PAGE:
Cancer Institute

  • Guri Tzivion

    tzivion_guri.jpgAssociate Professor, Department of Biochemistry
    Tumor Cell Biology Program
    PhD, Immunology, 1995, Hebrew University, Jerusalem
    Postdoc, 1995-2000, Massachusetts General Hospital, Boston MA

    Contact information
    2500 N State St., Room G759
    Jackson, MS 39216
    Phone: (601) 815-6765
    Fax: (601) 815-6806
    E-mail: gtzivion@umc.edu

    Research interests

    • Intracellular signaling pathways involved in regulation of cancer and aging
    • Ras-Raf-MAPK, AKT-FoxO and Nicotinamide-Sirtuin pathways
    • 14-3-3 proteins

    Research synopsis

    The broad goal of our research is to understand signaling processes and networking downstream of growth factor receptors at molecular and mechanistic levels and to apply this knowledge to address cancer and lifespan related problems. Intracellular signaling pathways are required for the regulation of many physiological processes under normal conditions, however, when deregulated, can result in various pathological conditions, primarily cancer. For instance, increased activation of growth factor receptors and mutations in downstream signaling molecules such as Ras, Raf and PI3K are associated with more than half of all human cancers. The study of signaling pathways allowed the recent development of targeted therapies such as Gleevec, targeting abl, Herceptin, targeting Her2 and Sorafenib, targeting Raf and the VEGF receptor. Specifically, our program involves defining functional and regulatory aspects of four distinct pathways in cancer and lifespan control through employing molecular and biochemical methodologies combined with transgenic mice models. These pathways include the Ras-Raf-MAPK pathway, the PI3K-AKT-FoxO pathway, 14-3-3-regulated pathways and the nicotinamide-sirtuin pathway. It is broadly accepted today that understanding the complex nature of intracellular signaling pathways and their intricate signaling networks will have significant clinical benefits by identifying new candidates for therapeutic intervention and by devising combination therapies. The Ras-Raf-MAPK and the PI3K-AKT-FoxO pathways are good examples, showing positive and negative feedback regulations within the cascade as well as cross-talk relations with each other. The significance of the integration of signals through these pathways is emphasized by the apparent need to inhibit both pathways for effective cancer growth attention.

    Recent accomplishments and honors

    • 2011Guest Editor, PI3K-AKT-FoxO axis in cancer and aging. BBA-Molecular Cell Research 1813, 1925-1986, 2011.
    • 2008 Session Chair, Gordon Research Conference on Biology of 14-3-3 Proteins, Ventura, CA, February 24-29.

    • 2007 Guest Editor, Mitogen-Activated Protein Kinases; New insights on regulation, function and role in human disease. BBA, Molecular Cell Research 1773, 1149-1388, 2007.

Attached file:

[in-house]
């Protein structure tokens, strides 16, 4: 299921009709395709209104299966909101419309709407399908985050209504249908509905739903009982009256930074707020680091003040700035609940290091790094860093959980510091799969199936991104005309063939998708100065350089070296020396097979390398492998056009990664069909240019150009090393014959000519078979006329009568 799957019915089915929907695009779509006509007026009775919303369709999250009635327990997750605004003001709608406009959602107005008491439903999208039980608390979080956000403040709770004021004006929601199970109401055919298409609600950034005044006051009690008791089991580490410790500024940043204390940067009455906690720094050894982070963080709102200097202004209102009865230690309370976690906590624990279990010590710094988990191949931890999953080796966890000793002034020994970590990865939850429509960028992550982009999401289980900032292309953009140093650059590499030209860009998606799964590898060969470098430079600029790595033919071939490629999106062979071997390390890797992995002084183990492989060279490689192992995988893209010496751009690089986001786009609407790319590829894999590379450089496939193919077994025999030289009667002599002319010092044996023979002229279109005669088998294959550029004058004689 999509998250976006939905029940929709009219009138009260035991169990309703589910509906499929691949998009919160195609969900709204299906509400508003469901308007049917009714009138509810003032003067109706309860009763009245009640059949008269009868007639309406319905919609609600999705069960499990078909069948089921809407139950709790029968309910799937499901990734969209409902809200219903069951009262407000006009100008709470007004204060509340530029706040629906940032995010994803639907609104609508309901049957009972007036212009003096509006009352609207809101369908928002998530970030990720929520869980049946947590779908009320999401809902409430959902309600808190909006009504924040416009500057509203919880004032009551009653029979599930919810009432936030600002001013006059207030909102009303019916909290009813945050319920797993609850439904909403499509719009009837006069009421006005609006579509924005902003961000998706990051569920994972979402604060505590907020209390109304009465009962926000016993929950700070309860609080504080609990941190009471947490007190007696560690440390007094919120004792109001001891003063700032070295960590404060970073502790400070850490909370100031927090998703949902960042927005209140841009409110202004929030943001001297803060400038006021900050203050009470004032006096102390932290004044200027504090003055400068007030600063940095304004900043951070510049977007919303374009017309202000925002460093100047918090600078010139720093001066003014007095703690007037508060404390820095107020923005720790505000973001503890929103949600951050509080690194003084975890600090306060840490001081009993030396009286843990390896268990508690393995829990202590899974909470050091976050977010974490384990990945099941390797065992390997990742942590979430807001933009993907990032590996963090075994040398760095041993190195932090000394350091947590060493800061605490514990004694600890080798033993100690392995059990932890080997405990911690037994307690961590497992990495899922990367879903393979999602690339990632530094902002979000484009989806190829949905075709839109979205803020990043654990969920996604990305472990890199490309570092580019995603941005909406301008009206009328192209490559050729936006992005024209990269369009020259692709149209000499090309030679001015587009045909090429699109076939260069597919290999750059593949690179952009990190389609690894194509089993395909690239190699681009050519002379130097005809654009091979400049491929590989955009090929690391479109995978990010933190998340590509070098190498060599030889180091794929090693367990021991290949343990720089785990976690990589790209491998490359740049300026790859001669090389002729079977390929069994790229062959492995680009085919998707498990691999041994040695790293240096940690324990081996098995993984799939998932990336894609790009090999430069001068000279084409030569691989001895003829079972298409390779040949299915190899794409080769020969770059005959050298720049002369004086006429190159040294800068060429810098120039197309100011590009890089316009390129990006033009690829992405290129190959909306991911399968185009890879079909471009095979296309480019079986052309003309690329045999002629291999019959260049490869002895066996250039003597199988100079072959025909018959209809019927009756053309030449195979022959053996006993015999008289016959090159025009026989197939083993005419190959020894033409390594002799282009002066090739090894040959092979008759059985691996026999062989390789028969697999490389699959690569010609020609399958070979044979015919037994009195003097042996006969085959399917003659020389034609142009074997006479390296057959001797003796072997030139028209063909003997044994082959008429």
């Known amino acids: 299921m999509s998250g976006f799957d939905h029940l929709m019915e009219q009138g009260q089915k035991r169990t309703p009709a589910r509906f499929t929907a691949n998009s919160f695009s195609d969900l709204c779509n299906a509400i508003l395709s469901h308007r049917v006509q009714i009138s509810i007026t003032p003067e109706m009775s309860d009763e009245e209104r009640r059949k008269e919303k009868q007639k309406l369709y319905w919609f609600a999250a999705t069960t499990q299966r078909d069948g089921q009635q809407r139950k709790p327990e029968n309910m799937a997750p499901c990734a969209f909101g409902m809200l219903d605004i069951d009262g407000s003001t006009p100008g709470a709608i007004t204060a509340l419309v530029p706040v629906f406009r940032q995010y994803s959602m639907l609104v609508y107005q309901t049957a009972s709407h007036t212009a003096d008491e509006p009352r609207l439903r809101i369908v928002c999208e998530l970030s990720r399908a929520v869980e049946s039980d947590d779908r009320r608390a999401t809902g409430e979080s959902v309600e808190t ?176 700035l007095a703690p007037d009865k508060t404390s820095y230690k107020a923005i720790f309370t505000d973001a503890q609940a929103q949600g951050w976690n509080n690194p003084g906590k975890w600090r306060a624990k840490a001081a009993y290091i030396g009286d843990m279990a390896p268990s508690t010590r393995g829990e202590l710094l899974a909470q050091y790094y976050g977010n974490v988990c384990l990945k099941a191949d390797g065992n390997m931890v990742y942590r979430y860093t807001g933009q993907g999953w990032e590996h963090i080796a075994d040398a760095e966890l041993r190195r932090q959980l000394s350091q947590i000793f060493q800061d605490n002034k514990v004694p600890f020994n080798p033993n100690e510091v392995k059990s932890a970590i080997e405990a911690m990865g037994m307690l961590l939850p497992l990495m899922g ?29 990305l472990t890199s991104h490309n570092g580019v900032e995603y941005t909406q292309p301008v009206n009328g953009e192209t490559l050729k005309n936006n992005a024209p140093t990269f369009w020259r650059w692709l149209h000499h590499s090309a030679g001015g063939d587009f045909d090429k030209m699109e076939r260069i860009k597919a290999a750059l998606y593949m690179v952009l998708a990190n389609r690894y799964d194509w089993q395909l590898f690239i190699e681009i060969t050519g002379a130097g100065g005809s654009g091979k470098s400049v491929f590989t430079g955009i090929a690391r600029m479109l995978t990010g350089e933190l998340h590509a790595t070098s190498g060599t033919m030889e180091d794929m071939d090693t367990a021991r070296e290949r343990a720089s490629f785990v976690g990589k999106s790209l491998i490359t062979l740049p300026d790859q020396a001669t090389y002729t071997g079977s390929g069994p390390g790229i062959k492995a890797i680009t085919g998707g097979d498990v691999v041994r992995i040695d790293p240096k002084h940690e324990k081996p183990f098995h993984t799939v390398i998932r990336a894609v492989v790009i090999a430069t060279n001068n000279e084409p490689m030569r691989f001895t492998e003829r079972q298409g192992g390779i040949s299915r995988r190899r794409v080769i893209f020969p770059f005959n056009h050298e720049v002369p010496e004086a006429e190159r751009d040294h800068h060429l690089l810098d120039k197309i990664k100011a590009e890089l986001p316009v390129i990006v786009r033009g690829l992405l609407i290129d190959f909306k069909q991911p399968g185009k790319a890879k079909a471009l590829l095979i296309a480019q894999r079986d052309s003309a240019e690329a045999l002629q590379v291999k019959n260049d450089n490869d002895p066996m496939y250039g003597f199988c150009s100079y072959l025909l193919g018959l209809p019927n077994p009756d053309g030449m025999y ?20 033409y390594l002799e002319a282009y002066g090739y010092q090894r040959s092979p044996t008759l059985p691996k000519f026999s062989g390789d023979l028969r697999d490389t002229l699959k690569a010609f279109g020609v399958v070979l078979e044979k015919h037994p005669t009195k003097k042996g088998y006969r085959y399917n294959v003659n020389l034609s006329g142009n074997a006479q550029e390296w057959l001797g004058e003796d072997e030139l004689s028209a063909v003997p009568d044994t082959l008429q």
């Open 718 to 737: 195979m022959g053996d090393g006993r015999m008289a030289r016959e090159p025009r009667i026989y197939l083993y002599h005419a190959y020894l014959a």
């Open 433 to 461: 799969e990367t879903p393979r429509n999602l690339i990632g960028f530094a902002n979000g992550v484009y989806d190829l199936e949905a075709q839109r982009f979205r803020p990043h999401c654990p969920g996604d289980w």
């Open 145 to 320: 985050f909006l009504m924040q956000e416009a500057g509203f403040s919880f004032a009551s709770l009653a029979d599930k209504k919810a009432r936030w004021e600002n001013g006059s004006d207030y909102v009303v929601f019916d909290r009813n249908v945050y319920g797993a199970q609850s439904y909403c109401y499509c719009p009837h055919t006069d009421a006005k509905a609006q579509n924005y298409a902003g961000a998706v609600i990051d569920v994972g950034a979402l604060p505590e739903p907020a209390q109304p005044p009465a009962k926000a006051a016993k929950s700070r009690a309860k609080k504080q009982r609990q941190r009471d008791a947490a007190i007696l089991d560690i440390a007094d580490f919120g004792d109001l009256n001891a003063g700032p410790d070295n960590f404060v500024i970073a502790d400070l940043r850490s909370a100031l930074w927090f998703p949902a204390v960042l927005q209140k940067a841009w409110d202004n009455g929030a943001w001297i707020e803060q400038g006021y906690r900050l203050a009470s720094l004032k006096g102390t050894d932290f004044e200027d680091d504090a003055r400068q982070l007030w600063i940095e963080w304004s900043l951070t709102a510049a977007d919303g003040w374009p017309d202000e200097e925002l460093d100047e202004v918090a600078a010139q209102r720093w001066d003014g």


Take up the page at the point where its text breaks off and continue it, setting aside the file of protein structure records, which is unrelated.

Selected publications

    • Leicht DT, Balan V, Zhu J, Kaplun A, Bronisz A, Rana A and Tzivion G. MEK-1 activates C-Raf through a Ras-independent mechanism. BBA-Molecular Cell Research 1833, 976-986, 2013. PMC3608709
    • Rangasamy V, Mishra R, Sondarva G, Das S, Lee TH, Bakowska JC, Tzivion G, Malter JS, Rana B, Lu KP, Kanthasamy A and Rana A. Mixed-lineage kinase 3 phosphorylates prolyl-isomerase Pin1 to regulate its nuclear translocation and cellular function. PNAS 109, 8149-8154, 2012. PMC3361382
    • Dobson M, Ramakrishnan G, Ma S, Kaplun L, Balan V, Fridman R and Tzivion G. Bimodal regulation of FoxO3 by AKT and 14-3-3. BBA-Molecular Cell Research 1813, 1453–1464, 2011. PMC3237389
    • Balan V, Miller G, Kaplun L, Balan K, Chong Z, Li F, Kaplun A, VanBerkum MFA, Arking R, Freeman DC, Maiese K and Tzivion G. Lifespan extension and neuronal cell protection by Drosophila nicotinamidase. JBC 283, 27810-27819, 2008. PMC2562057
    • Balan V, Leicht DT, Zhu J, Balan K, Kaplun A, Singh-Gupta V, Qin J, Ruan H, Comb MJ and Tzivion G. Identification of novel in vivo Raf-1 phosphorylation sites mediating positive feedback Raf-1 regulation by ERK. Mol Biol Cell 17, 1141-1153, 2006. PMC1382304
    • Zhu J, Balan V, Bronisz A, Balan K, Sun H, Leicht DT, Luo Z, Qin J, Avruch J and Tzivion G. Identification of Raf-1 S471 as a novel phosphorylation site critical for Raf-1 and B-Raf kinase activities and for MEK binding. Mol Biol Cell 16, 4733-4744, 2005. PMC1237079
    • Shen YH, Godlewski J, Bronisz A, Zhu J, Comb MJ, Avruch J and Tzivion G. Significance of 14-3-3 self-dimerization for phosphorylation-dependent target binding. Mol Biol Cell 14, 4721-4733, 2003. PMC266786
    • Shen YH, Godlewski J, Zhu J, Sathyanarayana P, Leaner V, Birrer MJ, Rana A and Tzivion G. Cross talk between JNK/SAPK and ERK/MAPK pathways: Sustained activation of JNK blocks ERK activation by EGF. JBC 278, 26715-26721, 2003. PMID: 12738796
    • Tzivion G, Luo Z and Avruch J. A dimeric 14-3-3 protein is an essential cofactor for Raf kinase activity. Nature 394, 88-92, 1998. PMID: 9665134
    • Luo Z*, Tzivion G*, Belshaw PJ, Vavvas D, Marshall M and Avruch J. Oligomerization activates c-Raf-1 through a Ras-dependent mechanism. Nature 383, 181-185, 1996. PMID: 8774885